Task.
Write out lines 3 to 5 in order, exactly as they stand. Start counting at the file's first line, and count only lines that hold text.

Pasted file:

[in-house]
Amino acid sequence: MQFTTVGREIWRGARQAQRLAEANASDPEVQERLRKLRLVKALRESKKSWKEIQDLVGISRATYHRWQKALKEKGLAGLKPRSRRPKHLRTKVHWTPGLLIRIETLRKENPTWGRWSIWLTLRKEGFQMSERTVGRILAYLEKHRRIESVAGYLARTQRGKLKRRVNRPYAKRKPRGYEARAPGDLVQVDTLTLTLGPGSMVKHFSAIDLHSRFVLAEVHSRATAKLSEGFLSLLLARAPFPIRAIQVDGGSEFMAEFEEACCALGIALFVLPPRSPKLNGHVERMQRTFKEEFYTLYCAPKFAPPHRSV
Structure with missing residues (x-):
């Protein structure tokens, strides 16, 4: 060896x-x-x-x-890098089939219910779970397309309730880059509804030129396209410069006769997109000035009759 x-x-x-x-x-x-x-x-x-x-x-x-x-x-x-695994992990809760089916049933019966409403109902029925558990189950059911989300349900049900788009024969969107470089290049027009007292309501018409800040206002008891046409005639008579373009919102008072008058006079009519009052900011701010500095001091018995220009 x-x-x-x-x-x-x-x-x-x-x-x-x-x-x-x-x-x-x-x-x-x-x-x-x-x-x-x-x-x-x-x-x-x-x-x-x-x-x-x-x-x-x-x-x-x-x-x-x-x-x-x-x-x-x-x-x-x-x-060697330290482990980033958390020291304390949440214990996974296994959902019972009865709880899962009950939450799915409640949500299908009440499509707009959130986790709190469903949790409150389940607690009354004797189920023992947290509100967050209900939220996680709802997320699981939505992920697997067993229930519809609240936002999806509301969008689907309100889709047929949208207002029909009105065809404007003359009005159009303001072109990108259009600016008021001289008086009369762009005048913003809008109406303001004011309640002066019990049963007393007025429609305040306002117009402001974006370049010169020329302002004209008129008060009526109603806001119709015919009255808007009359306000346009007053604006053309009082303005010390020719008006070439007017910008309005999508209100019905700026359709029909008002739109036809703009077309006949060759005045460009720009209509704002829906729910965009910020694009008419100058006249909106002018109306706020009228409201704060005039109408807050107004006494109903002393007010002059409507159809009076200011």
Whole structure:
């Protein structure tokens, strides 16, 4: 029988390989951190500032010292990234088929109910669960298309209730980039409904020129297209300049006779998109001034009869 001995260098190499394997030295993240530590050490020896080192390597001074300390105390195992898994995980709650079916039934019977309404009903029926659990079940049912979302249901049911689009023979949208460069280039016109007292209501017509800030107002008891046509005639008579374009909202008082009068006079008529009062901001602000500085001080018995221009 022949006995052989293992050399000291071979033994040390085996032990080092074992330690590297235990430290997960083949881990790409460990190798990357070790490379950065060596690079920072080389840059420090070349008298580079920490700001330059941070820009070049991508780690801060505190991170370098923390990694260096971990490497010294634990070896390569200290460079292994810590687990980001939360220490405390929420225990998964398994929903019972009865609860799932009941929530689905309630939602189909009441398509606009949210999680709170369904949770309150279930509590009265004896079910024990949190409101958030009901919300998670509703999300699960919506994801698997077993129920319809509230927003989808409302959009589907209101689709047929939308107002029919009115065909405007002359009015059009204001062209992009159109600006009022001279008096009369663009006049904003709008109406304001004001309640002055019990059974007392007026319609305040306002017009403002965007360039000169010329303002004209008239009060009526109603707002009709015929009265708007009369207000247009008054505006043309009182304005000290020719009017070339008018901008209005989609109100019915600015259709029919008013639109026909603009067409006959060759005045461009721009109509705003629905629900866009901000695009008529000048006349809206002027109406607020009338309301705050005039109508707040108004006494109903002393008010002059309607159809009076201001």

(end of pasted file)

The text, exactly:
Structure with missing residues (x-):
């Protein structure tokens, strides 16, 4: 060896x-x-x-x-890098089939219910779970397309309730880059509804030129396209410069006769997109000035009759 x-x-x-x-x-x-x-x-x-x-x-x-x-x-x-695994992990809760089916049933019966409403109902029925558990189950059911989300349900049900788009024969969107470089290049027009007292309501018409800040206002008891046409005639008579373009919102008072008058006079009519009052900011701010500095001091018995220009 x-x-x-x-x-x-x-x-x-x-x-x-x-x-x-x-x-x-x-x-x-x-x-x-x-x-x-x-x-x-x-x-x-x-x-x-x-x-x-x-x-x-x-x-x-x-x-x-x-x-x-x-x-x-x-x-x-x-x-060697330290482990980033958390020291304390949440214990996974296994959902019972009865709880899962009950939450799915409640949500299908009440499509707009959130986790709190469903949790409150389940607690009354004797189920023992947290509100967050209900939220996680709802997320699981939505992920697997067993229930519809609240936002999806509301969008689907309100889709047929949208207002029909009105065809404007003359009005159009303001072109990108259009600016008021001289008086009369762009005048913003809008109406303001004011309640002066019990049963007393007025429609305040306002117009402001974006370049010169020329302002004209008129008060009526109603806001119709015919009255808007009359306000346009007053604006053309009082303005010390020719008006070439007017910008309005999508209100019905700026359709029909008002739109036809703009077309006949060759005045460009720009209509704002829906729910965009910020694009008419100058006249909106002018109306706020009228409201704060005039109408807050107004006494109903002393007010002059409507159809009076200011």
Whole structure: